A few random artists get lucky and make a living from their art, but most struggle. Today, this problem is especially pronounced in music. SoundCloud, Spotify, Mixcloud, Pandora and all the other streaming services constantly tout the benefits they allegedly bestow on the music ecosystem. But in report after report, musicians say their income from such services is a fraction of what they once made from selling music on CDs and other physical formats.
As an artist trying to make ends meet — I haven't earned much from my music since the days when it was still pressed on vinyl — I set out to find a way to make more money from the digital distribution of my work. After a little online research, it became clear I was not alone in my dilemma. Various independent groups and organizations are trying to solve this problem, as well as the music industry itself. Most have come up with the same basic solution: the blockchain.
When these people say “blockchain,” they usually mean something like Bitcoin — that electronic currency you could have bought but never did, each unit of which is now worth about $2,400. Bitcoin is essentially based on the same digital technology that devastated the music industry in the early 2000s: peer-to-peer sharing. “P2P” networks such as the original Napster, BitTorrent and Pirate’s Bay all revolve around sharing networks where each computer's files are made available to every other computer on the network, so that users of the P2P network can quickly get a file they want.
Around 2009, a mysterious, still unidentified person named Satoshi Nakamoto devised a way to make an online currency based on a peer-to-peer network. The units of value were called “Bitcoins” and their transactions were recorded in “blocks” of transactions, one after another, in sequential order. This became known as the first “blockchain.” One of Bitcoin’s most important innovations was that it did not depend on intermediaries such as banks or governments to support its existence; it simply required people with computers to constantly update the series of transactions. (For more of Bitcoin’s history, a good start is the movie The Rise and Rise of Bitcoin.)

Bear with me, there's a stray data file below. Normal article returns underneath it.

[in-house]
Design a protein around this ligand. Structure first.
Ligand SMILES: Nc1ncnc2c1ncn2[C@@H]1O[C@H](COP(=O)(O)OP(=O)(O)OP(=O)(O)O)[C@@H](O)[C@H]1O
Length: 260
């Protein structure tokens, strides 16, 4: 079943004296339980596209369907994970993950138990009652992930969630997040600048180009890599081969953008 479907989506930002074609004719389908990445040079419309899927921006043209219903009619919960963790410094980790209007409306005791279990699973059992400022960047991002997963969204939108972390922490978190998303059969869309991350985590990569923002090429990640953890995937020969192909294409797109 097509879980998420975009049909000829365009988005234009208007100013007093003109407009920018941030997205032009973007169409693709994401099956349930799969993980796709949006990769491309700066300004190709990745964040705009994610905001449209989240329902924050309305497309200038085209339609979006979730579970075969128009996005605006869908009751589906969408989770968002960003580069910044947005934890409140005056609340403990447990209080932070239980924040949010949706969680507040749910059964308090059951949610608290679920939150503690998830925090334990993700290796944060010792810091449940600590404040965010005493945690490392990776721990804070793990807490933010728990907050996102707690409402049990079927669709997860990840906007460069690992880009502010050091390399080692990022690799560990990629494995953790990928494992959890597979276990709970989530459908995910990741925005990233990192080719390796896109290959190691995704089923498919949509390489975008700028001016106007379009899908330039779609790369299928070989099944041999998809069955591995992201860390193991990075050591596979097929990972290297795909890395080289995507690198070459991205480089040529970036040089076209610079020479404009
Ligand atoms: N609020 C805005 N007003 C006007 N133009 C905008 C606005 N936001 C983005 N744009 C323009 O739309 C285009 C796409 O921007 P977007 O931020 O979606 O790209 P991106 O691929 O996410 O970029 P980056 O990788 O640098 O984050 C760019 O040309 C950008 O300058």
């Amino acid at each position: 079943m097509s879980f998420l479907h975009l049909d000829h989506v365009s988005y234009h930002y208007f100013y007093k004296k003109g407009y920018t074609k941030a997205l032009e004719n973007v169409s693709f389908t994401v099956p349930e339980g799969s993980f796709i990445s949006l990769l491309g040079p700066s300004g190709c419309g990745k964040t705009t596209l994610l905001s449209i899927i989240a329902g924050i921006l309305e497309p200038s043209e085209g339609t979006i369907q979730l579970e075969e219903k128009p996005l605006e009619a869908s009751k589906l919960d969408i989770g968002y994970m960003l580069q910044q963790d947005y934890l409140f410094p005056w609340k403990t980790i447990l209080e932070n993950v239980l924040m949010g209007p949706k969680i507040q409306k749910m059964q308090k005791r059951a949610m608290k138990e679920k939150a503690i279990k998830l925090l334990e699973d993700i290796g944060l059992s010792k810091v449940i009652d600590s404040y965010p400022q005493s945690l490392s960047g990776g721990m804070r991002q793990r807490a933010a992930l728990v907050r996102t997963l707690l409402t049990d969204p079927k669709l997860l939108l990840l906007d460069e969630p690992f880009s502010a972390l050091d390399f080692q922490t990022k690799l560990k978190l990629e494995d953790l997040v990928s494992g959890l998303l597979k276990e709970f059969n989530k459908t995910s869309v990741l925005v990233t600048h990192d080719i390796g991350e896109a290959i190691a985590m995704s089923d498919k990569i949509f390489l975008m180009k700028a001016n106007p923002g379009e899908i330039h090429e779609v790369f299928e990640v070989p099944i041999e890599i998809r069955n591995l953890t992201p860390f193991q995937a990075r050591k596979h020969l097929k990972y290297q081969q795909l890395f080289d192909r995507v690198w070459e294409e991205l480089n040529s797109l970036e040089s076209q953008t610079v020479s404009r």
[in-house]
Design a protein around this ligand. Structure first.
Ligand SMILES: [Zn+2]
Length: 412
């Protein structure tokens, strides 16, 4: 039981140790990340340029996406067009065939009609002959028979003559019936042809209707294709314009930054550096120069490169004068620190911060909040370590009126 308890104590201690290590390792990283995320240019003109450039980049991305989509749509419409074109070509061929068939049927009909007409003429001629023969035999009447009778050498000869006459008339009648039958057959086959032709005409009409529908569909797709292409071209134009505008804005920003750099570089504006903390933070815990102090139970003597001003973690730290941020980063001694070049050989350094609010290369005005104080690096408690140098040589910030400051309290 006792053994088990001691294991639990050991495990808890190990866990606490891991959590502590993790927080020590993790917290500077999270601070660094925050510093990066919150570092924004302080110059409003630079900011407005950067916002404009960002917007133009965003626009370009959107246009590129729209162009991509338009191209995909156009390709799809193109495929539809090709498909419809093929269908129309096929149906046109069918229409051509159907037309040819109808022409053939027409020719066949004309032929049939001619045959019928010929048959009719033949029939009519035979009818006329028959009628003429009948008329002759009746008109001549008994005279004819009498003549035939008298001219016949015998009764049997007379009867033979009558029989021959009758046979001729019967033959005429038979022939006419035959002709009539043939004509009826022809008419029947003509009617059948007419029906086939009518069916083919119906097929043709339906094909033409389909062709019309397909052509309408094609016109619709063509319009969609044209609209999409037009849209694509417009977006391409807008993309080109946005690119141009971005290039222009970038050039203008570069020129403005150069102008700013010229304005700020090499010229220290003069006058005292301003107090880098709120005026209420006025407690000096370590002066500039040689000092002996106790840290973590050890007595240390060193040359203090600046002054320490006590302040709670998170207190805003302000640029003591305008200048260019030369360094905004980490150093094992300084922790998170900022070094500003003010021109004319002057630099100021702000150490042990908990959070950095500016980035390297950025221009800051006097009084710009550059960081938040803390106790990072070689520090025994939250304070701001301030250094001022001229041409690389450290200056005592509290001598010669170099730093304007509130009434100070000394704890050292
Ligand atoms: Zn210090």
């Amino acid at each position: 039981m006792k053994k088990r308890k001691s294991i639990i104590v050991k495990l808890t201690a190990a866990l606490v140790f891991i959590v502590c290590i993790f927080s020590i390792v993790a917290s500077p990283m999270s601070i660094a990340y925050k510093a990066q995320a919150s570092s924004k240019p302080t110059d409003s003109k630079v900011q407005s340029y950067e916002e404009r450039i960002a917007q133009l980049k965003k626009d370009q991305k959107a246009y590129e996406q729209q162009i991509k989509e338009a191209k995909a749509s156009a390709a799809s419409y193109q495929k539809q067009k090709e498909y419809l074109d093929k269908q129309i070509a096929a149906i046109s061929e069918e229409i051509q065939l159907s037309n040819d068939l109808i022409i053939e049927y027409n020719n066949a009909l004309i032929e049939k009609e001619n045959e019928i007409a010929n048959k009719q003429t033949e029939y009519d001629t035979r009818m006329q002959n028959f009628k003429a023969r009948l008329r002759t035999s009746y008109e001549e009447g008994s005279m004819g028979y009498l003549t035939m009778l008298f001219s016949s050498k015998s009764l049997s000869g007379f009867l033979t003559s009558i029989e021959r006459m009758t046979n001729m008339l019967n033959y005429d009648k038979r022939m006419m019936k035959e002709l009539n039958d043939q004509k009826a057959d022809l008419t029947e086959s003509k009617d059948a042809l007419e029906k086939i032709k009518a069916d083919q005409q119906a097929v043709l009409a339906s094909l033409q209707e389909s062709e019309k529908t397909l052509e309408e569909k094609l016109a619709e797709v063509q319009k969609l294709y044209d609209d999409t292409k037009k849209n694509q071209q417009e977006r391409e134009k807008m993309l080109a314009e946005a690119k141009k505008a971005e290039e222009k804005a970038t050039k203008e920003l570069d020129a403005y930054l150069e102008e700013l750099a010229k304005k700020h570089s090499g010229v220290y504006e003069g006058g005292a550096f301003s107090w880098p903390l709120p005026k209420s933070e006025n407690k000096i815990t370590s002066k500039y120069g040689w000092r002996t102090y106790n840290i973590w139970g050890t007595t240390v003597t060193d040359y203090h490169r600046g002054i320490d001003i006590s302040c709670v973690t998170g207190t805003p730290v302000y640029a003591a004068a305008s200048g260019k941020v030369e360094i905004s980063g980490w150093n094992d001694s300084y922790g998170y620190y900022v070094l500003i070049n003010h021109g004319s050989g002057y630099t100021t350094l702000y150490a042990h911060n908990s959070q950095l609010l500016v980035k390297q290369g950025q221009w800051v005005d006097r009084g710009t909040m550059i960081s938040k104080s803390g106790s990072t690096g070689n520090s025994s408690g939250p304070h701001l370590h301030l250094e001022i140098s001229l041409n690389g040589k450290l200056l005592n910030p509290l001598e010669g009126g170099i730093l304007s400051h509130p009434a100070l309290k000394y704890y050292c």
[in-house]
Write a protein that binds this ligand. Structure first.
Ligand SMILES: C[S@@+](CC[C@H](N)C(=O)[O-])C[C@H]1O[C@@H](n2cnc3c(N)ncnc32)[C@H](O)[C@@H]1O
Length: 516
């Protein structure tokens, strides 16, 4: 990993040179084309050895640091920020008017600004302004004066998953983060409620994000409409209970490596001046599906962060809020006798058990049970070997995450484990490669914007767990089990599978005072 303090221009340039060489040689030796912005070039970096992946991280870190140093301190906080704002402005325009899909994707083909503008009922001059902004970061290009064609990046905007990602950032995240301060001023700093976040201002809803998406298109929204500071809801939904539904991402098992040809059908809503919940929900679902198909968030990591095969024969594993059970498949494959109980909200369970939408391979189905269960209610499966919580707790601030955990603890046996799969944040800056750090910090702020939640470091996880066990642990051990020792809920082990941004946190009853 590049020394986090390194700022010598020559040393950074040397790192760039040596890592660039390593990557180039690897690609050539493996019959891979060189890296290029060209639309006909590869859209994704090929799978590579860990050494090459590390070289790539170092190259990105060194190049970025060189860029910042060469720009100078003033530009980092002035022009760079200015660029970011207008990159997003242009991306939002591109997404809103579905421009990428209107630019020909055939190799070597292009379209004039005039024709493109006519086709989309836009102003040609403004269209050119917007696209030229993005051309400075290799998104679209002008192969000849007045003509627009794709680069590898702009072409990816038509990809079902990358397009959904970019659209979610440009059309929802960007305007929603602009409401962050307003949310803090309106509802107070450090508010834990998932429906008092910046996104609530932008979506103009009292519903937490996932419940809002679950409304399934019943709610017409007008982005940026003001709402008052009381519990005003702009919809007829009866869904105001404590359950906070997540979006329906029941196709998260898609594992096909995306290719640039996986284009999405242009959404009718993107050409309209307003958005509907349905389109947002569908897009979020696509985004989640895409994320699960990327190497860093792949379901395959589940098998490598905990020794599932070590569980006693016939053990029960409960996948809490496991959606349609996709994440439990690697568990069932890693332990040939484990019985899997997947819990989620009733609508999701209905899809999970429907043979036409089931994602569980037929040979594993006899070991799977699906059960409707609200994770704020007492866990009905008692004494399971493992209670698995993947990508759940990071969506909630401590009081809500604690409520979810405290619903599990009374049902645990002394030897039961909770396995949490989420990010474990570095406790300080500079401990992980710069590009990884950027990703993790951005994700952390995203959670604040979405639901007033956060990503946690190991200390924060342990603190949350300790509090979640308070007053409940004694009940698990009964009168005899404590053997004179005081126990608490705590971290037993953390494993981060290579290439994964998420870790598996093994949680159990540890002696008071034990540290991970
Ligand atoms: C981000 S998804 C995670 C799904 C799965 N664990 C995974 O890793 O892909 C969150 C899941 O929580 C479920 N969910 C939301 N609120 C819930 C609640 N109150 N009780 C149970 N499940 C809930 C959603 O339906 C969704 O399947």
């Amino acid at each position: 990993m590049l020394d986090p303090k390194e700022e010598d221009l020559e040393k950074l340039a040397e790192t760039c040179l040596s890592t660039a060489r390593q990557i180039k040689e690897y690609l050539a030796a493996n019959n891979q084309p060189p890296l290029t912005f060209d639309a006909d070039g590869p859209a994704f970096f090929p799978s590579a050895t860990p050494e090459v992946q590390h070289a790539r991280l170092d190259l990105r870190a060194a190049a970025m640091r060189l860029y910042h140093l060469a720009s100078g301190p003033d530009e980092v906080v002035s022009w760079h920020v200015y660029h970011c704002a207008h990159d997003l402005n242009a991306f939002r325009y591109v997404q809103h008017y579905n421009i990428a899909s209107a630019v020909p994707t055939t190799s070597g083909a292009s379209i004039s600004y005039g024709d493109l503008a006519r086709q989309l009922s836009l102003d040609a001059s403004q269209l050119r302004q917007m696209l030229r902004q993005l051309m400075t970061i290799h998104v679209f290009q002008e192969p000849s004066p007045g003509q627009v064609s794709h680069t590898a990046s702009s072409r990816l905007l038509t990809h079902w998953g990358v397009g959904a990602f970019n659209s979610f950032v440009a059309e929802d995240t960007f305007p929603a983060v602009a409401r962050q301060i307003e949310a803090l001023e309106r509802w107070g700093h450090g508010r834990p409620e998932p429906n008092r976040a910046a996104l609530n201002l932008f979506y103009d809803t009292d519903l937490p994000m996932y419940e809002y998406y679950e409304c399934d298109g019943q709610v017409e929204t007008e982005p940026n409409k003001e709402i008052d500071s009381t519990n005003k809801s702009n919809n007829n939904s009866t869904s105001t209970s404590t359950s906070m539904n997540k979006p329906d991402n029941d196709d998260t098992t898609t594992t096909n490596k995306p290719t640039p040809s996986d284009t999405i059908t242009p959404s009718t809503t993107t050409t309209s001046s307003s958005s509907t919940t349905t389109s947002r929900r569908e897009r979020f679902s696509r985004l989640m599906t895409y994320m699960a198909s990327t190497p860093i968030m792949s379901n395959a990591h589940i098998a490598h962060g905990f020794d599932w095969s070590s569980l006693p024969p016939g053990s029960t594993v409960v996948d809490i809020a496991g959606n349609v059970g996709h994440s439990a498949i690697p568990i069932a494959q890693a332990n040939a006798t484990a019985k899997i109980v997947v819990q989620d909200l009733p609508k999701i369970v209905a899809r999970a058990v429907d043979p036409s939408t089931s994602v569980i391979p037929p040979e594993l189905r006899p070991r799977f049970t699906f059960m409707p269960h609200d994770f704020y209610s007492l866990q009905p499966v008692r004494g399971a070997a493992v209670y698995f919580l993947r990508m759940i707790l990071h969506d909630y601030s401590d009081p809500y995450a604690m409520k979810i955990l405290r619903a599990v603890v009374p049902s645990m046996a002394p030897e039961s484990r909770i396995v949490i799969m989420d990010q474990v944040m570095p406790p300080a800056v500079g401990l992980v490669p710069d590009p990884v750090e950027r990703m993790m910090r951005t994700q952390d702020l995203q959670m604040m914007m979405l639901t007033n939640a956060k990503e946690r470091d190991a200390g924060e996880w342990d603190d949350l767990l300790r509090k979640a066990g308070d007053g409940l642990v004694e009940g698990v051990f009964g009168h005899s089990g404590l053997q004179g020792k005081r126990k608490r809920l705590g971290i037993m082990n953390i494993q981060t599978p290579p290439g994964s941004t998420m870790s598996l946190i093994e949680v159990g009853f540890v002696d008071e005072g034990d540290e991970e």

The process of validating Bitcoin transactions with one's computer and receiving Bitcoins as a reward is called “mining.” The more transactions that occur, the harder it is for computers to process the mathematics required to validate the transactions. The end result is that Bitcoin mining can no longer be done on a normal computer; it requires arrays of special central processing units to accomplish the task, sapping some of Bitcoin's revolutionary, decentralized swagger. This led to the development of Bitcoin alternative coins (often called “alt-coins” or “cryptocurrencies”) that could only be mined with video graphic cards that one might buy at Fry's or Best Buy — which has led in recent months to a manic run on video cards.
One of Bitcoin's more unusual features, compared to traditional currencies, is that each “coin” can hold extra information. Think of it as metadata you might have on your computer files — such as how MP3s tell you the name of the artist and track title when you play them on your phone. This aspect of Bitcoin's implementation on the blockchain is fairly basic, though, so many newer initiatives have aimed to expand the capabilities of this data-carrying capability of a blockchain. For example, you could make a contract with someone that is automatically paid out via the blockchain when certain conditions are met. This is known as a “smart contract.” The most well-known example of this functionality is the software platform Ethereum, whose coins are called “Ether” or “ETH.”
Smart contracts are where blockchain technology has the potential to solve many of the music industry's biggest issues with digital distribution — mainly, when it comes to how artists and rights holders get paid. Theoretically with blockchain technology, every time a song is streamed or downloaded, it would register and transmit a payment transaction that would go directly to the copyright owner. Additionally, the copyright owner could program the song so that it would automatically issue payments to anyone else involved with the creation of the work. For example, a band could program its song so that every time it is streamed or downloaded, the blockchain will be notified to issue payments in predetermined percentages to the singer, guitarist, bassist, drummer, manager and label immediately.